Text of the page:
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Ductwork Checkup – A Key Part of the Home Energy Audit
One of the primary causes for energy loss in the home is faulty ductwork or connections to the ductwork. That's not hard to understand when you consider the HVAC system is the largest energy consumer in the home. Many factors occur over time that can cause a duct system to become downgraded, but some systems aren't that great even when they are first installed.
Who Tests the HVAC System?
Many HVAC contractors do not take the testing of their system for leaks as seriously as they should. This may be due to the fact that many do not own the equipment for a pressure pan test, or they don't want to spend the extra man hours it takes to do the test. Either way, the homeowner is the one who pays the price for a faulty duct system.
It is really part of the responsible contractor's job to test the value of the ductwork before considering the job as complete. So, what is the best way to determine if the ductwork is any good?
Pressure Pan Test
The pressure pan test is one of the primary parts of an energy audit. It takes place along with the blower door test and simply lets the technicians know whether there are any major leaks that need to be addressed. Pressure pans measure a ratio of leaks to the indoors compared against those on the outside.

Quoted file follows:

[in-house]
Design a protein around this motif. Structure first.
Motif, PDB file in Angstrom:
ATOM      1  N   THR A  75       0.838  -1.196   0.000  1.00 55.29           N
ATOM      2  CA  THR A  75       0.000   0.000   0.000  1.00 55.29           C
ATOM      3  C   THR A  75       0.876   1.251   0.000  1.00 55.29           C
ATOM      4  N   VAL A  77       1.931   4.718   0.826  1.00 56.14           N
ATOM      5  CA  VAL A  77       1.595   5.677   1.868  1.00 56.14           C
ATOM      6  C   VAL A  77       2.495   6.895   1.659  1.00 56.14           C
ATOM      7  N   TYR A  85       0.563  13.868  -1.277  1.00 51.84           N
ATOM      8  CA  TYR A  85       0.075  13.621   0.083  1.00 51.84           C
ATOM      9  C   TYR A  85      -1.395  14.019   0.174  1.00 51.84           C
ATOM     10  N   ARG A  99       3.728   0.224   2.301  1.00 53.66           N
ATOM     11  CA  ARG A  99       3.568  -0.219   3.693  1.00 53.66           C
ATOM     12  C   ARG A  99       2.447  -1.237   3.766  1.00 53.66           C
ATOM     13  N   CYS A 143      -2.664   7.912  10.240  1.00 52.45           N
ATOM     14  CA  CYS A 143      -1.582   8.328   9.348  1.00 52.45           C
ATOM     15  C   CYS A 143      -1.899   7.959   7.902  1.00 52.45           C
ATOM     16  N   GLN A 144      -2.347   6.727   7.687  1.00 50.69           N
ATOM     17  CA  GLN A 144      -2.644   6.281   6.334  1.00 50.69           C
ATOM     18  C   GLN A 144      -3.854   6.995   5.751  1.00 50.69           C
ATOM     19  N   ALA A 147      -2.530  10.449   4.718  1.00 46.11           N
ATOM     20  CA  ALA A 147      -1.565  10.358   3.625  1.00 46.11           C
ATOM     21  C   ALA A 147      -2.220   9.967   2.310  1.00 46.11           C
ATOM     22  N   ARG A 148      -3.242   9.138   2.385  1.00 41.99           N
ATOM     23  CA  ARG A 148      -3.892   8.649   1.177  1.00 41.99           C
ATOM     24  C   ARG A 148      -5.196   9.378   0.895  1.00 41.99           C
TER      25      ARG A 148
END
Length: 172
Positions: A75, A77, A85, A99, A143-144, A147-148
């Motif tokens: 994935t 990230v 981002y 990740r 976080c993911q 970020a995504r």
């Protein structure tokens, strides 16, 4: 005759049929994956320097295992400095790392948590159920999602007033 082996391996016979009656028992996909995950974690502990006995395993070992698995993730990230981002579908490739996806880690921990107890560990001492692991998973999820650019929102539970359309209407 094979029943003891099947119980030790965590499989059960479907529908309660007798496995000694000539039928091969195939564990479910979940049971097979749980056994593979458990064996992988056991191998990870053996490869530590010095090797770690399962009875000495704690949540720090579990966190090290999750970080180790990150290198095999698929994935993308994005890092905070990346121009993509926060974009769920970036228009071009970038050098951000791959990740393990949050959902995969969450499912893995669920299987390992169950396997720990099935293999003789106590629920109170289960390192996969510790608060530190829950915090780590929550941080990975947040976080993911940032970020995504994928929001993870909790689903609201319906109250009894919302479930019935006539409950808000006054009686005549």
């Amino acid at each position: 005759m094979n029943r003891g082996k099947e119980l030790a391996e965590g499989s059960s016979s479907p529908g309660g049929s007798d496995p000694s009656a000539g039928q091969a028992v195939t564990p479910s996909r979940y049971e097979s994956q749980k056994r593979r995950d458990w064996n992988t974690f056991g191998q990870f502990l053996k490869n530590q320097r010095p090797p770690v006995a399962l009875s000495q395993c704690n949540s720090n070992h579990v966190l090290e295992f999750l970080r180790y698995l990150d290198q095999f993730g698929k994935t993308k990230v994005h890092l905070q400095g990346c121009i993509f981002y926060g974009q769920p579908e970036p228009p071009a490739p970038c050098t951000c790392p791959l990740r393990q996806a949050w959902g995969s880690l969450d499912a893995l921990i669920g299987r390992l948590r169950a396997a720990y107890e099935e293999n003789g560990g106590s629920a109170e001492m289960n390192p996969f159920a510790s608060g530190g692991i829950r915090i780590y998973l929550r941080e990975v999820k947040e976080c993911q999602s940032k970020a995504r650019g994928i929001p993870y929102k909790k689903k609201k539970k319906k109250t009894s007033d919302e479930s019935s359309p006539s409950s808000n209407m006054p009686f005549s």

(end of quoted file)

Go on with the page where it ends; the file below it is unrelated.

Some people don't consider leaking ductwork that much of a problem because theirs is in a crawlspace. However, even if the crawlspace is sealed as recommended, air loss to that space offers little if any benefit to the residents inside the house.
A high crawlspace can represent as much as 50% or more of the space in the home. Obviously, the amount of wasted conditioned air that goes under the house is a problem that should be addressed.
The HVAC Unit Itself
Ductwork is not the only problem that occurs with the heating and cooling system. If the duct system is airtight enough not to be an energy waster, the next step might be to check the unit itself.
If the unit is serviced twice a year as recommended, problems are usually minimal, but a slight leakage in the unit can develop quite quickly. A sudden increase in the monthly heating and cooling bill is a good sign that something has gone wrong mechanically.
Make sure the biggest energy user in your home stays healthy and running efficiently for the best savings on both energy and money.